Casey said she is positive without Tim’s strong faith, he would never have lasted as long as he did with cancer.

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“He was pulling up on five years before he died,” she said. “I had often gone to the hospital and they said, ‘say goodbye to your husband.’ The next day, he would say, ‘do you want to, go to Buffalo Wild Wings.’”

Casey said she believed her husband would have done anything for her.

“He was so giving,” she said. “He never told me no for anything. If I found a purse I liked, I would come home and it would be on our front porch. He would have done anything for me.”

Casey Longnecker, is a coach and teacher at Calhoun High School. Casey said he, Tim, and his old teammates were all very close. He said head football coach Aaron Elmore, J.D. Lorton and him along with all their other teammates still stayed in constant touch off the field. He said he would miss his long-time friend and colleague and that Tim inspired so many people with his courageous fight against cancer.

“It was a long, hard fight for him,” Longnecker said. “I don’t know exactly how to put this all in words, but he will definitely be missed. Even when he didn’t have the strength or energy at practice or games he didn’t make excuses and he showed up every day and the kids built off that."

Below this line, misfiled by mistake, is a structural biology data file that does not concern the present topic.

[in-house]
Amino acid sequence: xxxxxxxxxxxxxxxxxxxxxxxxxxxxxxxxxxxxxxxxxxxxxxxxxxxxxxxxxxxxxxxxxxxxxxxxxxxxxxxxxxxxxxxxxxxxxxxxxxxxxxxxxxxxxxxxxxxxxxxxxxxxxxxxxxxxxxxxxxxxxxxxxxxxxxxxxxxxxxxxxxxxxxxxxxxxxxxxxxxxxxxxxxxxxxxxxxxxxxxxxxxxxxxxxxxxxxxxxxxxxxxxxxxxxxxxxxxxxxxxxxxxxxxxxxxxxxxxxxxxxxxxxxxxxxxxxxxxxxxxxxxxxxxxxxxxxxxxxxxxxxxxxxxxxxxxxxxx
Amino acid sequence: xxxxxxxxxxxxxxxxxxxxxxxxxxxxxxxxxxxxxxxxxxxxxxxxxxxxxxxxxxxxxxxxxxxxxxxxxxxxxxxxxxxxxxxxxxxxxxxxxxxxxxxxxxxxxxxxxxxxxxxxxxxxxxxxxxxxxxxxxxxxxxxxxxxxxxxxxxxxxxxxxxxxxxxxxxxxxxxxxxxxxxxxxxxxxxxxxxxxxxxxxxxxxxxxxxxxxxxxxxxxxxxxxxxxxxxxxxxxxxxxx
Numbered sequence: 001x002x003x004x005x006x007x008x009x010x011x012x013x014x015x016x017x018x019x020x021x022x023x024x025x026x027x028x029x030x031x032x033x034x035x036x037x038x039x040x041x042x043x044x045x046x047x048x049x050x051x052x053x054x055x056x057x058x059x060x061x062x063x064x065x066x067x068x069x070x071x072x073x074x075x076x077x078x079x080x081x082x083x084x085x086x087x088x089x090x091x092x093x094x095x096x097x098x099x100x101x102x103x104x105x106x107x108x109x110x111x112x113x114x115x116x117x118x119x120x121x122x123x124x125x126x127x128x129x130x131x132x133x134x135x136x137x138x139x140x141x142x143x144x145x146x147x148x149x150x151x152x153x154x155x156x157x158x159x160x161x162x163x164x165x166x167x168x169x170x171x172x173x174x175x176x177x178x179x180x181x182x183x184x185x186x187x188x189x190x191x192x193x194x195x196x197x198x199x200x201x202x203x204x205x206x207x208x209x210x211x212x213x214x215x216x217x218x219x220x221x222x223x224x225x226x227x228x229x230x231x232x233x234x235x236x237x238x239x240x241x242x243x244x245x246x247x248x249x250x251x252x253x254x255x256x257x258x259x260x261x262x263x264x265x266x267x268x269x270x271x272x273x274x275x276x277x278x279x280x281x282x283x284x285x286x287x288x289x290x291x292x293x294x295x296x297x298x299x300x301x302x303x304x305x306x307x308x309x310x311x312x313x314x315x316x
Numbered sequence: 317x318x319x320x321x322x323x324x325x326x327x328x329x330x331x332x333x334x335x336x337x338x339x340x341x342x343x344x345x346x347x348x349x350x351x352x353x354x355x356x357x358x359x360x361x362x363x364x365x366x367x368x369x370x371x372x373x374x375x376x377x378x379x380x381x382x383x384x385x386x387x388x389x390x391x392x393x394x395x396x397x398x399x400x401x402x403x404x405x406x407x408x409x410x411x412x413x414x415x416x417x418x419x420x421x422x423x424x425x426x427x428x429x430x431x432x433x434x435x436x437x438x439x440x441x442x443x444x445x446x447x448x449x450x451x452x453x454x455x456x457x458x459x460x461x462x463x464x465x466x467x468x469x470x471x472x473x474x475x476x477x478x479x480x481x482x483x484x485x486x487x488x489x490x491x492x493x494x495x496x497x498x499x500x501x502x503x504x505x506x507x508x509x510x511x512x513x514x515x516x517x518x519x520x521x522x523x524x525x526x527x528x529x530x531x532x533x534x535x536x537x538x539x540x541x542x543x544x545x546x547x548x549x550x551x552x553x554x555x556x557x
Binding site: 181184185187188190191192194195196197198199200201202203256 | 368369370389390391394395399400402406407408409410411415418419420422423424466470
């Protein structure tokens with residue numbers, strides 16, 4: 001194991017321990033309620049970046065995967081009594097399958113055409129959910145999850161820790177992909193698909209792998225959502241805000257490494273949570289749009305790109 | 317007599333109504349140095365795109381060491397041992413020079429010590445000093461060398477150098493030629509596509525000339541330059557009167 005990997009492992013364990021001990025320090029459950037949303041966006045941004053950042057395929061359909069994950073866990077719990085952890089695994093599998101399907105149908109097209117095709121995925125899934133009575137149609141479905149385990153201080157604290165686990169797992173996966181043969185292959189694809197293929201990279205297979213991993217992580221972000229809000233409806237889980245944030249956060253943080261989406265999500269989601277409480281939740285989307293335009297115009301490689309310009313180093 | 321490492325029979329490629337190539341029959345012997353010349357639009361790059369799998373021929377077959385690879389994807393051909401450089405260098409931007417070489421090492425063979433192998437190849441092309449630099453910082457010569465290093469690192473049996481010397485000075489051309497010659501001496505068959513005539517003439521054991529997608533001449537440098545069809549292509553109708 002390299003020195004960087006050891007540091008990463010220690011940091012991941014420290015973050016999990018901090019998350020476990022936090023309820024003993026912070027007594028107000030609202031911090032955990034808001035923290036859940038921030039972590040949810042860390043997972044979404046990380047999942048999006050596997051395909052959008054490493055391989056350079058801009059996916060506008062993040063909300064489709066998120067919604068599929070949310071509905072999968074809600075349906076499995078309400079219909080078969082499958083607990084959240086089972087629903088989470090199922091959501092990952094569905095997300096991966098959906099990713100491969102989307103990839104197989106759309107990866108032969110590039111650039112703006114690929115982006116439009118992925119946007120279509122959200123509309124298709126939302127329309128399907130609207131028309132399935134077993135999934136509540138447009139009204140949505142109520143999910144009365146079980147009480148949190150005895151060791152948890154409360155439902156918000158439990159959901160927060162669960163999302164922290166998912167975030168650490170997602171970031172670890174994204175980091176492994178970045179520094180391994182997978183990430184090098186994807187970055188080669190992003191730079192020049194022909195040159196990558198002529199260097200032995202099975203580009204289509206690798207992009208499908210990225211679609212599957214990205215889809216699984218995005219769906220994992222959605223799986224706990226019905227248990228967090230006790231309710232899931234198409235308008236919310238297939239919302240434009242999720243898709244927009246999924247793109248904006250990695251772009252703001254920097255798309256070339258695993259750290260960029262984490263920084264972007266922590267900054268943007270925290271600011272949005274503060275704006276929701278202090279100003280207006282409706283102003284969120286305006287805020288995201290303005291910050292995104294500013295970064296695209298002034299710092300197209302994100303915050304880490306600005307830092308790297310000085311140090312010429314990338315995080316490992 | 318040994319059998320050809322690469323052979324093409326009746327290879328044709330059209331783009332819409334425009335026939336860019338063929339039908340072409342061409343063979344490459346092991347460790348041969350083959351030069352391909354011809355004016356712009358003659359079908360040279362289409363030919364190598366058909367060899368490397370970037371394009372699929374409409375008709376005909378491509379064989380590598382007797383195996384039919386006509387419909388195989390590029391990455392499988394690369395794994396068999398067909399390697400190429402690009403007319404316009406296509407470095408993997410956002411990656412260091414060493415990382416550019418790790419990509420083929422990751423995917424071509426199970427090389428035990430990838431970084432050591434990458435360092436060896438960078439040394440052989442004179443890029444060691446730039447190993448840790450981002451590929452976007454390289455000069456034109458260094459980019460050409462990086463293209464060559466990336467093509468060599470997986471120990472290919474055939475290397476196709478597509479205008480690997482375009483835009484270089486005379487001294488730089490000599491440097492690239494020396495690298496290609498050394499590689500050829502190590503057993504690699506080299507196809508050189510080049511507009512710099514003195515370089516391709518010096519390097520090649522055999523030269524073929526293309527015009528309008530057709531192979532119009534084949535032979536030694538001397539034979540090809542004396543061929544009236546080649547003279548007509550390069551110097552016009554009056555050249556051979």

J.D. Lorton said Tim looked at his players like his family. J.D. commended Coach Greg Ringhausen for giving Tim a shot at being a member of the Warriors’ starting football lineup.

“Nelly (Tim) took every opportunity to not prove Coach Ringhausen, our defensive line coach, wrong,” Lorton said. “Coach Ringhausen and Coach Johns were a huge part of developing Tim.”

Tim Nelson, left, and his best friend, J.D. Lorton.Lorton said if he would have developed cancer like Tim, Tim would have done the same thing he did, staying in constant touch with him and supporting him.

“I talked and texted him every day. He was a great guy and best friend,” Lorton said.

In 1992 and 1993, Calhoun won the state football championship and J.D. said without Tim along with the others, it wouldn’t have been possible. Several of the members of Calhoun’s successful teams in the 1990s went on to be winning high school coaches. Tim coached not only at Calhoun, but at Marquette Catholic and Dupo. He continued lasting relationships with players from each of those schools.

Family and friends will join together Sunday at James A. Ringhausen Gym at Calhoun High School in Hardin for A Celebration of the Life of Tim Nelson at 1 p.m.

Casey said her husband was loved and inspired a lot of people with his battle against cancer and as a coach.

“Even if he made you mad during games, you still loved him afterward because you knew he was doing what was best for those kids,” she said. “Several former football players would call and ask for advice or come by and visit him. “

When people gather together Sunday in Hardin to remember Tim, they will remember that smile, laugh and heart he had for people. His memory will live on in the many football players and people in general he inspired not only with his fight against cancer, but his love of life, no matter what the odds.

“Tim was an inspiration to people who didn’t even know who he was,” Casey said. “Tim never met a stranger. You could take him anywhere and he would make friends with absolutely anybody.”

Calhoun coaches stand near the goal line a few years back when Coach Aaron Elmore was taking over the program. (Photo by Dan Brannan)